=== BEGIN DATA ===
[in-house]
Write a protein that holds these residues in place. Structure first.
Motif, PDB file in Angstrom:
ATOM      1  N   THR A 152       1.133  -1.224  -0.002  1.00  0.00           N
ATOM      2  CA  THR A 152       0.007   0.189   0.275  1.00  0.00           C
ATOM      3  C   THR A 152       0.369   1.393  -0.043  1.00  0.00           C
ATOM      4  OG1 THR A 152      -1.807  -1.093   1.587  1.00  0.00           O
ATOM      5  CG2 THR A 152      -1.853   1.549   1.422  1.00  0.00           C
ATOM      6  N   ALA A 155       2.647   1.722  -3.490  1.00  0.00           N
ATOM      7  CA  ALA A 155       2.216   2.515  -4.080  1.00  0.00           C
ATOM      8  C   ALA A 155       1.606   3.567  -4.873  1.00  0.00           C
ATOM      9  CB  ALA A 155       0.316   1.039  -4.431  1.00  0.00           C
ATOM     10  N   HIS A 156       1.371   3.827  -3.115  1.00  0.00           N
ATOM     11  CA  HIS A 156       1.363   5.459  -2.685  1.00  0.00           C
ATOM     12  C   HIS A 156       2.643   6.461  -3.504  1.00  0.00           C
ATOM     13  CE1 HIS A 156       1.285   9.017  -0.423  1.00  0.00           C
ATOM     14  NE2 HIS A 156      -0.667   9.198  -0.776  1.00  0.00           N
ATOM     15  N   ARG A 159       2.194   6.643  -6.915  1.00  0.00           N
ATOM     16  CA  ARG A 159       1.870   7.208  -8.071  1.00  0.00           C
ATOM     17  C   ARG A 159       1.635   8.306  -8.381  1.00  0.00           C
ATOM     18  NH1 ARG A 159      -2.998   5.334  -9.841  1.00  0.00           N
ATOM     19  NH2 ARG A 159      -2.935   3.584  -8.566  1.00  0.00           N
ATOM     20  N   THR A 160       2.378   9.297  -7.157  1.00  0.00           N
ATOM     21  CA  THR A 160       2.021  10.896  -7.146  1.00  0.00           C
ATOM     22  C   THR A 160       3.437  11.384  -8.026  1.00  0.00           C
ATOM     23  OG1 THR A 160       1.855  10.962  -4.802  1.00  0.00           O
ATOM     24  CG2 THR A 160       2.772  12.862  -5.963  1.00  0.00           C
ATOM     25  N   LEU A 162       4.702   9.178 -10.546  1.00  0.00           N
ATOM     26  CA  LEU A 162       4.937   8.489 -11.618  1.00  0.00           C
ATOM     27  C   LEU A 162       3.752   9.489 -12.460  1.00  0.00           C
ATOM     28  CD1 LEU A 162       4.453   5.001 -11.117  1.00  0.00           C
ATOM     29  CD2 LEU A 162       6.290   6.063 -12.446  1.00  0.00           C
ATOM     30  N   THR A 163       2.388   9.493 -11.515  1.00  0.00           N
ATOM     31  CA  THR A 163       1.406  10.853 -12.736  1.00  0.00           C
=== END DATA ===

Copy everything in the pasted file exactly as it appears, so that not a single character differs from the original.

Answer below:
[in-house]
Write a protein that holds these residues in place. Structure first.
Motif, PDB file in Angstrom:
ATOM      1  N   THR A 152       1.133  -1.224  -0.002  1.00  0.00           N
ATOM      2  CA  THR A 152       0.007   0.189   0.275  1.00  0.00           C
ATOM      3  C   THR A 152       0.369   1.393  -0.043  1.00  0.00           C
ATOM      4  OG1 THR A 152      -1.807  -1.093   1.587  1.00  0.00           O
ATOM      5  CG2 THR A 152      -1.853   1.549   1.422  1.00  0.00           C
ATOM      6  N   ALA A 155       2.647   1.722  -3.490  1.00  0.00           N
ATOM      7  CA  ALA A 155       2.216   2.515  -4.080  1.00  0.00           C
ATOM      8  C   ALA A 155       1.606   3.567  -4.873  1.00  0.00           C
ATOM      9  CB  ALA A 155       0.316   1.039  -4.431  1.00  0.00           C
ATOM     10  N   HIS A 156       1.371   3.827  -3.115  1.00  0.00           N
ATOM     11  CA  HIS A 156       1.363   5.459  -2.685  1.00  0.00           C
ATOM     12  C   HIS A 156       2.643   6.461  -3.504  1.00  0.00           C
ATOM     13  CE1 HIS A 156       1.285   9.017  -0.423  1.00  0.00           C
ATOM     14  NE2 HIS A 156      -0.667   9.198  -0.776  1.00  0.00           N
ATOM     15  N   ARG A 159       2.194   6.643  -6.915  1.00  0.00           N
ATOM     16  CA  ARG A 159       1.870   7.208  -8.071  1.00  0.00           C
ATOM     17  C   ARG A 159       1.635   8.306  -8.381  1.00  0.00           C
ATOM     18  NH1 ARG A 159      -2.998   5.334  -9.841  1.00  0.00           N
ATOM     19  NH2 ARG A 159      -2.935   3.584  -8.566  1.00  0.00           N
ATOM     20  N   THR A 160       2.378   9.297  -7.157  1.00  0.00           N
ATOM     21  CA  THR A 160       2.021  10.896  -7.146  1.00  0.00           C
ATOM     22  C   THR A 160       3.437  11.384  -8.026  1.00  0.00           C
ATOM     23  OG1 THR A 160       1.855  10.962  -4.802  1.00  0.00           O
ATOM     24  CG2 THR A 160       2.772  12.862  -5.963  1.00  0.00           C
ATOM     25  N   LEU A 162       4.702   9.178 -10.546  1.00  0.00           N
ATOM     26  CA  LEU A 162       4.937   8.489 -11.618  1.00  0.00           C
ATOM     27  C   LEU A 162       3.752   9.489 -12.460  1.00  0.00           C
ATOM     28  CD1 LEU A 162       4.453   5.001 -11.117  1.00  0.00           C
ATOM     29  CD2 LEU A 162       6.290   6.063 -12.446  1.00  0.00           C
ATOM     30  N   THR A 163       2.388   9.493 -11.515  1.00  0.00           N
ATOM     31  CA  THR A 163       1.406  10.853 -12.736  1.00  0.00           C